The Judicial Services Commission (JSC) this morning faced tough
questions about why it refused to concede that its interviews for
vacancies at the Constitutional Court – which it has agreed to rerun –
If they [the JSC] don't accept that they acted
unlawfully, what is the basis for one to get comfort that they will
change the tack, come the next interviews？ Mpumalanga Judge President
Francis Legodi asked the JSC's counsel, advocate Hamilton Maenetje.
Tembeka Ngcukaitobi, for the Council for the Advancement of the SA
Constitution (Casac), had earlier reiterated that it believed the
process undertaken by the JSC to compile a shortlist of Constitutional
Court nominees was nothing more than a “sham” defined by political
Serjeant at the Bar | We stand at critical point that could damage Constitutional democracy
he said, Casac was prepared to accept that, in agreeing to rerun the
process, the JSC should do a better job of the interviews that it did
on the previous occasion – when, among other things, EFF leader Julius
Malema had been allowed to attack Kwazulu-Natal High Court Judge Dhaya
Pillay over her long-standing friendship with Pravin Gordhan.
Justice Mogoeng Mogoeng, without giving any required warning to Pillay,
then tried to suggest that Gordhan had improperly asked him how his
friend had fared in her 2016 interview for a position at the Supreme
Court of Appeal – a claim that Gordhan comprehensively denied.
only got worse for Mogoeng and the JSC when the commission was forced
to hand over records of its deliberations for the Constitutional Court
shortlist, which revealed that that candidates had all been chosen from a
pre-selected list drawn up by the Chief Justice – with virtually no
discussion or pushback from JSC members.
READ HERE | 'Unlawful, irrational, and unfair': Mogoeng, JSC under fire over 'politicised' ConCourt interviews
all of this, Maenetje was adamant that the JSC – which has failed to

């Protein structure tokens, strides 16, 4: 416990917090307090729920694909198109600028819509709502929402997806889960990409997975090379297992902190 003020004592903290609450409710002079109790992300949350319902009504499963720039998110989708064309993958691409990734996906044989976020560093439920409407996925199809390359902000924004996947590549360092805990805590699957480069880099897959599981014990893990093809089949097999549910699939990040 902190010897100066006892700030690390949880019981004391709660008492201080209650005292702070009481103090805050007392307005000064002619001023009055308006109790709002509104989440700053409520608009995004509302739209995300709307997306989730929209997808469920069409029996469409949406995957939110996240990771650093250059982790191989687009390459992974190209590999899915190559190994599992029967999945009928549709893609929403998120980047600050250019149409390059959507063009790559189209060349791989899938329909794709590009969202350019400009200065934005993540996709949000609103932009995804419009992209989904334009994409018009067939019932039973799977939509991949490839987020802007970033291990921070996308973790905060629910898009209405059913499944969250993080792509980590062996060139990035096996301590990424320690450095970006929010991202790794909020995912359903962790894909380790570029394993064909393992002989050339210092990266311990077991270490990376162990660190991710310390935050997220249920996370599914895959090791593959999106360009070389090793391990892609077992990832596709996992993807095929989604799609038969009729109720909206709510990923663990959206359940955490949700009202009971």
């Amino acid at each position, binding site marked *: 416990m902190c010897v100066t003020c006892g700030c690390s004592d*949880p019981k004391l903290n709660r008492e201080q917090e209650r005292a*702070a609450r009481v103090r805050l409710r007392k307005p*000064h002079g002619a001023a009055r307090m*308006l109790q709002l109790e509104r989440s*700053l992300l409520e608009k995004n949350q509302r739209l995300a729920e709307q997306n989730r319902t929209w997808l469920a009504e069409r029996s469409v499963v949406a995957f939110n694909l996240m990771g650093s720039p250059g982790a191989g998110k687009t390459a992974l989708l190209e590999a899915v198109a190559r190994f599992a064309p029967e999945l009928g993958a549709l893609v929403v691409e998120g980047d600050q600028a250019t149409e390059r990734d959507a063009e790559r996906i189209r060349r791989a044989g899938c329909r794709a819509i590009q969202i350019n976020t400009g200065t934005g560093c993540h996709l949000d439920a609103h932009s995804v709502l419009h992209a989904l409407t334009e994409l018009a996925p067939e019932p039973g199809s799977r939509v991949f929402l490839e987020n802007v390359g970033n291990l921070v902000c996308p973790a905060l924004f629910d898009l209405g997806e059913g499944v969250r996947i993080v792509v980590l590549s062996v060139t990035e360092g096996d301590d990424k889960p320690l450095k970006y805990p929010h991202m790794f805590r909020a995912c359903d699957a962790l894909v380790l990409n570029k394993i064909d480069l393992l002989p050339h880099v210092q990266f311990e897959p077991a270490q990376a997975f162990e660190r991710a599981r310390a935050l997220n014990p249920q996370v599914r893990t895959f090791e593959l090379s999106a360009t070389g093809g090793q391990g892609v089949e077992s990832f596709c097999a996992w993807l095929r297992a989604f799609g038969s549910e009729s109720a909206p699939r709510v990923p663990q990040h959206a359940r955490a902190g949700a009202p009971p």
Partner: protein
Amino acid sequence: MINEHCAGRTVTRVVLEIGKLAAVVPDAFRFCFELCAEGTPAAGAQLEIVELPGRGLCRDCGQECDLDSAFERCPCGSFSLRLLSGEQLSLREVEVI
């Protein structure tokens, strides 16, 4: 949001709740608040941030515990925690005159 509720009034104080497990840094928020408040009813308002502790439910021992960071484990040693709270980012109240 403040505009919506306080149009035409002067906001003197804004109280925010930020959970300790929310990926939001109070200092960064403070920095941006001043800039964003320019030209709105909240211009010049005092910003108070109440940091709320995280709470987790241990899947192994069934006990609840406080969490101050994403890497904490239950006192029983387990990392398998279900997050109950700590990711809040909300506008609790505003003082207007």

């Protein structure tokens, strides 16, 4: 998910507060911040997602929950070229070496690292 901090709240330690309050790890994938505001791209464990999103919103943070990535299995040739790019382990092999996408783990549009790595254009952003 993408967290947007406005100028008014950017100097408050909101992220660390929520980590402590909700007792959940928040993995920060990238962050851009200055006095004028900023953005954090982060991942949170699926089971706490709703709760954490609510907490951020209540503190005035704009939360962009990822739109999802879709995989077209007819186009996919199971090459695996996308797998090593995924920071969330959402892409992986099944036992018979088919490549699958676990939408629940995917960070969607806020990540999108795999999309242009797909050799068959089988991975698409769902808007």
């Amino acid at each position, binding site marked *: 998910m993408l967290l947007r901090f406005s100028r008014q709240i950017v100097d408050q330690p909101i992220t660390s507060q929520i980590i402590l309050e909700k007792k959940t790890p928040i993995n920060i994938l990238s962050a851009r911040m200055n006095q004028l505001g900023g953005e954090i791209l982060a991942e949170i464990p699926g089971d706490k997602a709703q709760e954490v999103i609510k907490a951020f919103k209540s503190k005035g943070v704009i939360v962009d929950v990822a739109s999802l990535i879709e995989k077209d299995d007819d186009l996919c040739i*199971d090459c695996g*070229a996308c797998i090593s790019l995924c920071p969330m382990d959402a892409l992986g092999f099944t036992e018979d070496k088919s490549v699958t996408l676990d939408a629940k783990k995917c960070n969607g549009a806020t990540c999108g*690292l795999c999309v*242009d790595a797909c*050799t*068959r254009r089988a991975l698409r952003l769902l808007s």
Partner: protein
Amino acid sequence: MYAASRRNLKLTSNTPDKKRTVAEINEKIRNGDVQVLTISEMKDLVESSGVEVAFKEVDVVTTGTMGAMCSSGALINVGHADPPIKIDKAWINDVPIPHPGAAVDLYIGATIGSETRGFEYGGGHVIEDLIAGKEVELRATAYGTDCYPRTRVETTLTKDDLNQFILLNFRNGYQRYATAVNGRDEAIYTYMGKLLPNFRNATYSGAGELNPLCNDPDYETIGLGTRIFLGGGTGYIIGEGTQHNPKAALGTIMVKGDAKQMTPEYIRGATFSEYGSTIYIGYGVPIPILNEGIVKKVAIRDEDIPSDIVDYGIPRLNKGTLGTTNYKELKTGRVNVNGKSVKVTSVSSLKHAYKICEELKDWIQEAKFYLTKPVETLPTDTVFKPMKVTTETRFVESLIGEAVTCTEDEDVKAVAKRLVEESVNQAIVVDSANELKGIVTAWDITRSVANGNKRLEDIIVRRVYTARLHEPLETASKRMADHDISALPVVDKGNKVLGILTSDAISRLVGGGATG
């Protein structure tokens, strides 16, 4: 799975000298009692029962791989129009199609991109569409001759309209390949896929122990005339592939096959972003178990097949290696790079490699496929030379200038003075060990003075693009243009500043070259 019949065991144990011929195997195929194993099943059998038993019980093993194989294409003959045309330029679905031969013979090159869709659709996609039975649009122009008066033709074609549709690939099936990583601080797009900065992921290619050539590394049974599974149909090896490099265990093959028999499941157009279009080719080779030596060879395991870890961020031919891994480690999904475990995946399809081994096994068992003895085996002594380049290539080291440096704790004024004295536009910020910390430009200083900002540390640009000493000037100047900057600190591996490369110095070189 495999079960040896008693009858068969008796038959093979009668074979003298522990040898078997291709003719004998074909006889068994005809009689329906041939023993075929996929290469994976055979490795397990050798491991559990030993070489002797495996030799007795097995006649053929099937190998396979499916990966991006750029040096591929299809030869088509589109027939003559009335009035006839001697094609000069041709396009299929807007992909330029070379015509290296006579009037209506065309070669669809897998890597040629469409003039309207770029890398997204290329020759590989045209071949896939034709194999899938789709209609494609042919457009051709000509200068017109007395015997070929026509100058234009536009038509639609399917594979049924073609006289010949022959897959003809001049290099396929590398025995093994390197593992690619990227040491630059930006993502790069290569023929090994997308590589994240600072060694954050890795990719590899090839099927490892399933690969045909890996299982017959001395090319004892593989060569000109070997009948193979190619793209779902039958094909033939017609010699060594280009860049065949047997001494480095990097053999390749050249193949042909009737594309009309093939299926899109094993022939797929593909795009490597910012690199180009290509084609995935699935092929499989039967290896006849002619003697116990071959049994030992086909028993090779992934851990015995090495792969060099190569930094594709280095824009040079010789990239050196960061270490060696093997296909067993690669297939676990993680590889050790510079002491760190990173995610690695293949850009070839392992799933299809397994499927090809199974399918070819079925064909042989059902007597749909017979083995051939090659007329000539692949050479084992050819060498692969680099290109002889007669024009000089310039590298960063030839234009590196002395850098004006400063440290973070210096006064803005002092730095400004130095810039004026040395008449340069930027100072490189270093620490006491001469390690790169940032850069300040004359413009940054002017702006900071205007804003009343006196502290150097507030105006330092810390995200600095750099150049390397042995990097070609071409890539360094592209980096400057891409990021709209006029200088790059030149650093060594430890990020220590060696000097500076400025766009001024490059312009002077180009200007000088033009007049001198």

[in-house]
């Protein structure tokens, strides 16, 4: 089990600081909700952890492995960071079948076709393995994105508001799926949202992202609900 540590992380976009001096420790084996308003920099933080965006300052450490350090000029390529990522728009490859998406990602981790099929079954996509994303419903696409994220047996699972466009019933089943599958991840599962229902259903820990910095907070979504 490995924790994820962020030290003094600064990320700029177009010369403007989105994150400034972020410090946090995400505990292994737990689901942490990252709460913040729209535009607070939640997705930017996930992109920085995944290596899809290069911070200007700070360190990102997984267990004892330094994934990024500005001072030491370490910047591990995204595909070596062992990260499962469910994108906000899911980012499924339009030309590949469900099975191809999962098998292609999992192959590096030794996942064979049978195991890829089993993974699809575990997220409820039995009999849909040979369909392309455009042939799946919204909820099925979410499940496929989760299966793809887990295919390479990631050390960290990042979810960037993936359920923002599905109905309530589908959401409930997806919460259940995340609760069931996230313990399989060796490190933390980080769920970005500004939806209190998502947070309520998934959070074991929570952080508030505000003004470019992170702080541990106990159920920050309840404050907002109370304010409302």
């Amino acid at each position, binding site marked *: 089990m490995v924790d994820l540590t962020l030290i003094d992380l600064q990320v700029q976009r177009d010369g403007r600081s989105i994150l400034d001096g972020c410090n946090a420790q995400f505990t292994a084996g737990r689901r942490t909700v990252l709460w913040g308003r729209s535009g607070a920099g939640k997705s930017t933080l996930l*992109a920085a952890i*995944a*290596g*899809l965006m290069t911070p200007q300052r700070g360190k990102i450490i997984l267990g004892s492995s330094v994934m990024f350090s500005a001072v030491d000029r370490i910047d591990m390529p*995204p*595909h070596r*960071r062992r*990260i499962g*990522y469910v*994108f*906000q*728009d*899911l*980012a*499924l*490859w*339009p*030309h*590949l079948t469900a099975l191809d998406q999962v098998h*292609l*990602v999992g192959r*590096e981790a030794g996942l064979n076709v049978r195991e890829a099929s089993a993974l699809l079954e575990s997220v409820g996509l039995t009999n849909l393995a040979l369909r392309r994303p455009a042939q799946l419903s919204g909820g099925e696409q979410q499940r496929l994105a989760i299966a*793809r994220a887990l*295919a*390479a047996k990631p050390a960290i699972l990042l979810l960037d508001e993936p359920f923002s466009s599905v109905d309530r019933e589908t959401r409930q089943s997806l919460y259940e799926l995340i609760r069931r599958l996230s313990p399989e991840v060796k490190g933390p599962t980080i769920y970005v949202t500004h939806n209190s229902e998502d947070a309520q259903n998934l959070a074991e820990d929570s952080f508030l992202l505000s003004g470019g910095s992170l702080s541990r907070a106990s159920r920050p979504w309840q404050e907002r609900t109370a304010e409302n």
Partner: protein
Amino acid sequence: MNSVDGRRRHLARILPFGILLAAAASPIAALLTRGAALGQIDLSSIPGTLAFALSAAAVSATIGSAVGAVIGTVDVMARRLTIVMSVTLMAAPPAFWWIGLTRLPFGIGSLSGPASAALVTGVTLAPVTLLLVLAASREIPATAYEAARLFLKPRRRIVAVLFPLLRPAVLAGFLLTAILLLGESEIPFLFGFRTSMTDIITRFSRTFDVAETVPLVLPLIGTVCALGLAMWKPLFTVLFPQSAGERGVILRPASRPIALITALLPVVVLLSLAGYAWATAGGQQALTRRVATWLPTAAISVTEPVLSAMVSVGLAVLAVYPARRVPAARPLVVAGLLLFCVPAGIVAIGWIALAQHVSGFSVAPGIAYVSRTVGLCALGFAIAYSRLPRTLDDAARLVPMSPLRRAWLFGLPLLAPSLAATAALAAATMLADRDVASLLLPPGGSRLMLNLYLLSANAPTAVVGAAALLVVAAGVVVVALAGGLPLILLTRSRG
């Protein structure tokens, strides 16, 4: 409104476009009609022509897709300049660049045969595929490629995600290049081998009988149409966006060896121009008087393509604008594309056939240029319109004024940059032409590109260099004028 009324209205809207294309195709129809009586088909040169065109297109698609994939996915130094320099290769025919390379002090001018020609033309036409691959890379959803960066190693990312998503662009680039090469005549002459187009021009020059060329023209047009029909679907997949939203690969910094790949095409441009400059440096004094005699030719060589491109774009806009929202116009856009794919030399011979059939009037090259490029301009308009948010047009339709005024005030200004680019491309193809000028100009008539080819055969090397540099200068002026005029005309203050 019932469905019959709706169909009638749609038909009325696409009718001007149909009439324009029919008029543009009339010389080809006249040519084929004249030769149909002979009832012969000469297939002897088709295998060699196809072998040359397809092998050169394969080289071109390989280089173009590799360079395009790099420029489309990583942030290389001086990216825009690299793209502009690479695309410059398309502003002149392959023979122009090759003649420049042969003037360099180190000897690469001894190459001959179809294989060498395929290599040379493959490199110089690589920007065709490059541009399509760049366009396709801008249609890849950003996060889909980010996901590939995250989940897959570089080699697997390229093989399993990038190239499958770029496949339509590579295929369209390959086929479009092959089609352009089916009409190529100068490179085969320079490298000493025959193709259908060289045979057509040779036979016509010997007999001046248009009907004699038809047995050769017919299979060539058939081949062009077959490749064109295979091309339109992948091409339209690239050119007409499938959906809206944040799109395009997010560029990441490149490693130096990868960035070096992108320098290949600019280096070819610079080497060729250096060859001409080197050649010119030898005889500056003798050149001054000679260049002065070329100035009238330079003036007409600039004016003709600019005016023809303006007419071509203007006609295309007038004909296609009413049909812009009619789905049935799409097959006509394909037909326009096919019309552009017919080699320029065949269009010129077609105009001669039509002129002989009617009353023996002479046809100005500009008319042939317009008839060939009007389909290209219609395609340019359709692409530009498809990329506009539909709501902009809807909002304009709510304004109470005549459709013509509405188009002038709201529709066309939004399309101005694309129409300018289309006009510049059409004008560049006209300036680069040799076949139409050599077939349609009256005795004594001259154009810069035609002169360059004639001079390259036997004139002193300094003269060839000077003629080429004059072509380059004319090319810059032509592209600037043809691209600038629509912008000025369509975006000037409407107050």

file an affidavit disputing this evidence or explaining it – refused to
admit that there was anything unlawful about its Constitutional Court
It was, however, willing to agree to an order
compelling it to conduct those interviews and deliberations again,
thereby preventing what the JSC has described as the “crisis” that would
result from the Constitutional Court appointments potentially been
delayed for up to two years.
Margaret Victor, who was part of the Bench that was considering the
JSC/Casac settlement order, had earlier stressed to Ngcukaitobi that she
believed the parties in the case had “sensibly” agreed to settle it.
consequences, in this case, if this matter is not finalised before the
next set of interviews (for four vacant positions at the Constitutional
Court in October), I think it will be disastrous for the country, she
READ | ConCourt nominees to be re-interviewed by the JSC
agreed, adding that while an order that did not explicitly state that
the JSCs “sham” Constitutional Court interviews were unlawful was
“imperfect”, it was still lawful – and would “still avert a crisis”.
are in the middle of a crisis. It's not as if this is a future crisis.
We are in the middle of a crisis of having a Constitutional Court with
Ngcukaitobi had earlier pointed out
that, following the retirement of Mogoeng and Justices Chris Jafta and
Sisi Khampepe in October, and unless the Casac/JSC legal dispute was
resolved, there would only be six permanent justices at the
Legodi, however, initially appeared to be
unconvinced and repeatedly questioned what guarantees there were, absent
the JSC acknowledging the issues raised by Casac, that the rerun
interviews would not repeat the problems highlighted in the first.
was only when Maenetje conceded that the JSC would be cognisant of the
complaints raised by Casac, when it conducted the Constitutional Court
interviews, that the judge stated that he was “comforted” by the
proposed orders – and granted it.
Leave a Reply